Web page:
The unit culminates in a scene performance with masks.
by Lindsay Johnson
In this unit, students will learn, practice and apply three important rules of improv: accepting and building on offers, quick thinking, and strong offers. For each step, they will work with the Improvisation Rubric by both giving and receiving feedback. Students will also start to practice techniques to improve their vocal clarity. The unit culminates in a performance assessment in which students will play an improv game in front of an audience.
by Lindsay Johnson
Students will understand the basic building blocks of a scene: The Who (characters/ relationship), the Where (setting), and the What (conflict – objectives/tactics). They will learn how to use both verbal and nonverbal (pantomime) clues to communicate these scene details to an audience. They will continue to work on voice clarity, while also learning to open their body to an audience. The unit culminates in a performance assessment in which students work in pairs to improvise a scene.
by Lindsay Johnson
Students will be introduced to the most basic of scripts: the contentless/open scene script. They will use their knowledge of character/relationships, setting, objective, and tactics to add content to a contentless scene. Students will also learn the basics of set design and blocking, and will begin
using voice expression to communicate clearer characters. The unit culminates in a performance assessment in which students will work in pairs to add content to and perform a contentless scene.
by Lindsay Price and Karen Loftus
This unit focuses specifically on the technical aspects of vocal production. By understanding how voice is created, students will be more aware of how to improve their vocal production. Students will explore posture and breathing exercises, as well as how to use the diaphragm, projection, and articulation. The final project will test students’ abilities to properly project and articulate a joke at a distance from a microphone
by Todd Espeland
Friendly Shakespeare teaches a simple and effective method of script analysis for Shakespeare. It uses punctuation and keywords in the text to help students understand the characters' needs, make specific acting choices, and get them on their feet immediately.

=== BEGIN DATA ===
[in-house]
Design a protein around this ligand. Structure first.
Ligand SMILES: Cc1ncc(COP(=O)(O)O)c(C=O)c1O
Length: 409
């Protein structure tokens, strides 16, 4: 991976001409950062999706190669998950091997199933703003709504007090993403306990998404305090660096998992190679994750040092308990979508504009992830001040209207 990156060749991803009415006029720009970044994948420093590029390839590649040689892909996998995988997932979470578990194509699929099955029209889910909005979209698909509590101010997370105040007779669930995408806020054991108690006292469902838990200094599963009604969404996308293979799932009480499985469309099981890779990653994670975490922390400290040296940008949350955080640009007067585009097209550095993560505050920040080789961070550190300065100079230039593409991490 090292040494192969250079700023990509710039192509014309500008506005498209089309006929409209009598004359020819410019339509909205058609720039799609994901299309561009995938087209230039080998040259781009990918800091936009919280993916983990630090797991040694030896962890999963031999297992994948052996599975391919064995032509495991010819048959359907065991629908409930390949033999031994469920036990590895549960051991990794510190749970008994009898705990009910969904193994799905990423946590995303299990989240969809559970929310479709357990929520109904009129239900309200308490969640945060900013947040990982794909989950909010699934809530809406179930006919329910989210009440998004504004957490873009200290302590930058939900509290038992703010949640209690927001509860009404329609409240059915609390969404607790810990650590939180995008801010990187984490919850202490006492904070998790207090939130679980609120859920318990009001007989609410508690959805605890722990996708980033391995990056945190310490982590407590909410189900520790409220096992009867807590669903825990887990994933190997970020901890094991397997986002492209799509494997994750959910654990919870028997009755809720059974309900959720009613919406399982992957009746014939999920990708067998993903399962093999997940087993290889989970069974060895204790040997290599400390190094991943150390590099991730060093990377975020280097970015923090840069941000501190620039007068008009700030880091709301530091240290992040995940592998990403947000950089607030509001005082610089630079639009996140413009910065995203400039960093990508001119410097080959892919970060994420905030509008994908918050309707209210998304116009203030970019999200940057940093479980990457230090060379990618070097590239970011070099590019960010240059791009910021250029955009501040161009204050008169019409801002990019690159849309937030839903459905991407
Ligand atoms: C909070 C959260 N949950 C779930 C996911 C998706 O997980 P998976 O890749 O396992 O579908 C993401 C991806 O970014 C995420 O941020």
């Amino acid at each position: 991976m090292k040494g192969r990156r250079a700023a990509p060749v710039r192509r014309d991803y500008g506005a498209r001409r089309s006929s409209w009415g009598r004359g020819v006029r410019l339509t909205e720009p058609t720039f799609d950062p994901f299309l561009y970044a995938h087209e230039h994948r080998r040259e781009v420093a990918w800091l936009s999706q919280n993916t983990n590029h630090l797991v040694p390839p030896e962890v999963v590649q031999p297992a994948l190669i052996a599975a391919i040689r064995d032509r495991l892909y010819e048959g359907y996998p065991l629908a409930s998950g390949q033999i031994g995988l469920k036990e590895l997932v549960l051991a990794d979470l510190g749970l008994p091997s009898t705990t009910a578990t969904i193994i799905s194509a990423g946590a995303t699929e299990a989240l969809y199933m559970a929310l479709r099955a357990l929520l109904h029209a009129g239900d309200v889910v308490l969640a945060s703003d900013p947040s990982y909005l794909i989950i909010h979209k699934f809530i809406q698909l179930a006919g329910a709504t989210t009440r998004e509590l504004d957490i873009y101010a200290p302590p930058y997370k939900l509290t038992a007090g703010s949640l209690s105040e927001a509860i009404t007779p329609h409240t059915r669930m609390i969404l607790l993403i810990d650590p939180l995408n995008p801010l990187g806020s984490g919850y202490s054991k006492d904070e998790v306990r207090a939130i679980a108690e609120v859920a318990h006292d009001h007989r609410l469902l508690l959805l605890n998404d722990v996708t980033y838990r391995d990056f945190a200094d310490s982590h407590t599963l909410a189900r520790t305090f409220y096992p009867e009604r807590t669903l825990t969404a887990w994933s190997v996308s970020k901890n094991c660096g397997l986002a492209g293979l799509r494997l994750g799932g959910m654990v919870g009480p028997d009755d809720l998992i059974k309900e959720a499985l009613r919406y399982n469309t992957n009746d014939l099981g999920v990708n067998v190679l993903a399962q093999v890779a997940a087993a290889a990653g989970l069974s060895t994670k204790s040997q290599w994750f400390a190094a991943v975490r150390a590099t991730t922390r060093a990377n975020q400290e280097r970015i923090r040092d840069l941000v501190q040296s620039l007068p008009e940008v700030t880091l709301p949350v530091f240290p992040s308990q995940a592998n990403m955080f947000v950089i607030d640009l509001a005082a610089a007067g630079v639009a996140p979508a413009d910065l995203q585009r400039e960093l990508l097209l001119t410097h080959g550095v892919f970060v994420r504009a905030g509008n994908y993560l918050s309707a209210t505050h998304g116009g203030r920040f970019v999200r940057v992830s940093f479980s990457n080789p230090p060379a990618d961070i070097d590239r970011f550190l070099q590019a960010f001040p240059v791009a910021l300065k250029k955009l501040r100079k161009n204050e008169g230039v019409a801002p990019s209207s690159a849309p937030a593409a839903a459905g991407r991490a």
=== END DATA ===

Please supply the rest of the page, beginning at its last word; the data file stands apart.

This is not dry, sitting in a classroom discussion. It’s physicalizing the text, focusing on the character’s needs and tactics (something every drama student should know full well) and bringing Shakespeare to life.
At the end of the class you will be able to demystify Shakespeare's text and understand how to help your actors make clear, active and emotionally connected choices in Shakespeare's plays.
by Elisabeth Oppelt
In this course, you will learn what breath control and projection are, how to breathe from your diaphragm and speak loudly without yelling, and how to teach these skills to your students. Led by teacher and singer Elisabeth Oppelt, this course will be helpful both in your teaching practices and in creating material to teach your students. This course also includes both formal and informal assessments for you to use in your classroom.
by Colin Oliver
Colin Oliver leads this introduction to teaching Musical Theatre in the Drama Classroom.
In this course, you will learn how to build musical theatre into your dramatic courses of study. “Why might you want to do that? Singing is scary! You want me to teach my students how to do it? I don’t even know how to do it.” This course approaches musical theatre preparation performance much as we would approach preparing a monologue in drama. If you use script analysis in monologue preparation in your class, you can teach musical theatre.
By the end of this course, you’ll have a great, full-body physical warm-up, a student-driven research assignment, character development exercises, a little bit of musical theory, and a performance assignment complete with assessment.
So, join us for teaching Musical Theatre in the Drama Classroom. It’s as easy as Do-Re-Mi!